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Montreal researchers suggest that your brain may be fat



"Obesity is the result of behavior that involves excessive calorie consumption, and we've found that (behavior) comes from the brain," says researcher Alain Dagher.

TIM SLOAN / AFP / Getty Images

Serious weight gain is largely controlled by the brain, suggests a study by a team from the Montreal Institute of Neurology.

One in five adults in Quebec is obese – a condition determined by having a body mass index (BMI) above 30.

By analyzing the results of cognitive and magnetic resonance imaging tests carried out on 1,200 overweight individuals, researchers Uku Vainik and Alain Dagher from the Montreal Neurological Institute found significant differences in the brains of the subjects compared to those who retain what was defined as a normal BMI between 18, 5 and 25

The study showed that the right prefrontal cortex is thinner and the left part of the amygdala is larger in the brains of overweight people, which, according to research, promotes a more intense response to stimuli provided by food.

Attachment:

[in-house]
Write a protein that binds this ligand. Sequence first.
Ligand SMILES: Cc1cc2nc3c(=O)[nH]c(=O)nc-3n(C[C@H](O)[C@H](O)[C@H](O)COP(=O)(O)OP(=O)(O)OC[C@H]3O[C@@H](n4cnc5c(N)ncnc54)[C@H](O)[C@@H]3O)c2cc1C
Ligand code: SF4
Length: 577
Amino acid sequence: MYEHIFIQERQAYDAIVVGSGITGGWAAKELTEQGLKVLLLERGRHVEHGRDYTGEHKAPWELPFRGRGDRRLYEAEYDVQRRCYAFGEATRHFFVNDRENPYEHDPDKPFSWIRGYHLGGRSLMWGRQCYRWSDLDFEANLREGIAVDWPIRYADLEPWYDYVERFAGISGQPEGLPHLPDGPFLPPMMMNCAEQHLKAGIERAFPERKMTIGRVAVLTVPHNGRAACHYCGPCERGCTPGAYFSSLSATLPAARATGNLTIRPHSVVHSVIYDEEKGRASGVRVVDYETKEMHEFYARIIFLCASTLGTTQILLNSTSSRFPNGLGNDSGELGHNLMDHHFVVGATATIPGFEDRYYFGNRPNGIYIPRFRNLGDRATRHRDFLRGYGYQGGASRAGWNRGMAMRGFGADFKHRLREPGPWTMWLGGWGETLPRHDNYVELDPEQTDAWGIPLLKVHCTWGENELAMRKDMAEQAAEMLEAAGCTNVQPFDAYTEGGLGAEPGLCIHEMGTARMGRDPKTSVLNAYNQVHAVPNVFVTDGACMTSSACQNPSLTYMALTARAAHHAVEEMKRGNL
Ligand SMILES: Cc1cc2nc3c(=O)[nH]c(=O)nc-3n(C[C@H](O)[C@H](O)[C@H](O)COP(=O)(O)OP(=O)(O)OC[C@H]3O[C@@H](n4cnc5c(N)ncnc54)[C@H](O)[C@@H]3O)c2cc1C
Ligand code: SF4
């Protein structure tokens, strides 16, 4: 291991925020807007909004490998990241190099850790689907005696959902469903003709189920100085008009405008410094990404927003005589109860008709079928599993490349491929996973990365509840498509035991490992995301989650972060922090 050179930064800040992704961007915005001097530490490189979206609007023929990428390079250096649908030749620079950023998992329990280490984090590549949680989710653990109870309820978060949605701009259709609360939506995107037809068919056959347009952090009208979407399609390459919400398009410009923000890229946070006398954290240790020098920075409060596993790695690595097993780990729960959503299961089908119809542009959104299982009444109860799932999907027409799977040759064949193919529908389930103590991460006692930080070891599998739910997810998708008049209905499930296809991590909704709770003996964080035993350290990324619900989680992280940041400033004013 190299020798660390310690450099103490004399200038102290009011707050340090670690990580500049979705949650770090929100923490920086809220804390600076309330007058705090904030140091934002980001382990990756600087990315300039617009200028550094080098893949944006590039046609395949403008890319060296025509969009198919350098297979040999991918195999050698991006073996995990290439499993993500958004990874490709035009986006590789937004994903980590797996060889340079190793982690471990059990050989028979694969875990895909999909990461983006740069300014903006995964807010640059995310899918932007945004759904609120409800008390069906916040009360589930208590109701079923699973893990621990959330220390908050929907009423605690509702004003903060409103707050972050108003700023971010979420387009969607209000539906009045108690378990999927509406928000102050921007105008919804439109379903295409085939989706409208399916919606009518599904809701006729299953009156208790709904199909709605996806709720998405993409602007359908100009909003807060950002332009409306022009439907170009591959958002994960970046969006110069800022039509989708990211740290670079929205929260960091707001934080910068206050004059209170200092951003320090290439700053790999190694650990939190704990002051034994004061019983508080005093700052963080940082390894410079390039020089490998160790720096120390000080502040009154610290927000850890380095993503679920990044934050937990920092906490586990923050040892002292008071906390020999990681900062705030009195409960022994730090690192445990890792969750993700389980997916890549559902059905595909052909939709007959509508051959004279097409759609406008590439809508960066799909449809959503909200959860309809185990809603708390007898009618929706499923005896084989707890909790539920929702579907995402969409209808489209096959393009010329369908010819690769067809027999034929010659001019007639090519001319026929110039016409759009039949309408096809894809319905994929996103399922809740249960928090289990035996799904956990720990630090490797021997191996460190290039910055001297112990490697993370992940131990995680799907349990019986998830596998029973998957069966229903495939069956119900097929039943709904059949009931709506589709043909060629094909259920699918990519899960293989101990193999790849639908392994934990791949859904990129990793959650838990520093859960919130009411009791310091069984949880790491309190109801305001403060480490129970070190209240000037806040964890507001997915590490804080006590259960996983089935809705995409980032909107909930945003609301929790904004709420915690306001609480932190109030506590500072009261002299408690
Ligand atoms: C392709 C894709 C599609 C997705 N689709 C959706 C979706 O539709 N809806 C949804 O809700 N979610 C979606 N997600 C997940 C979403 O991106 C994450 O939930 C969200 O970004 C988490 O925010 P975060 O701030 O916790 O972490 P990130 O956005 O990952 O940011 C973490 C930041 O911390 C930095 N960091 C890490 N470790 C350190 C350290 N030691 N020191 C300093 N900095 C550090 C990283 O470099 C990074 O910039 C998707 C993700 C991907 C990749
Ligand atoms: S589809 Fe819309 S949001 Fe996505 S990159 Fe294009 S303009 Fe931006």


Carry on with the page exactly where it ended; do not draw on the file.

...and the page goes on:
According to the study, people who are overweight have less cognitive flexibility and a reduced ability to resist pleasure (such as that provided by food) than people who maintain a normal body weight range.

"Obesity is the result of behavior that is excessive calorie intake, and we've found that (behavior) comes from the brain," said Dagher.

The study also examined members of the same family as well as twins, which allowed scientists to note that 'these factors in the brain can be inherited'.

"So it's probably due to genetic factors," said Dagher. "We can inherit this susceptibility to overeating."

The situation is aggravated by what the study describes as an "obese" environment that makes extra calories easily available to those who overeating.

However, as is often the case, genetics do not tell the whole story. And those whose brains seem ready to be eaten and obese do not necessarily have to be overweight.

"Nothing is really predetermined," said Dagher. "We're just talking about influences. We know that 70 to 80 percent of your weight variation comes from genetics. However, when people do a lot of physical activity, (impact) drops to 30 percent.

"This behavior – physical activity – can eliminate or significantly reduce the genetic effect."


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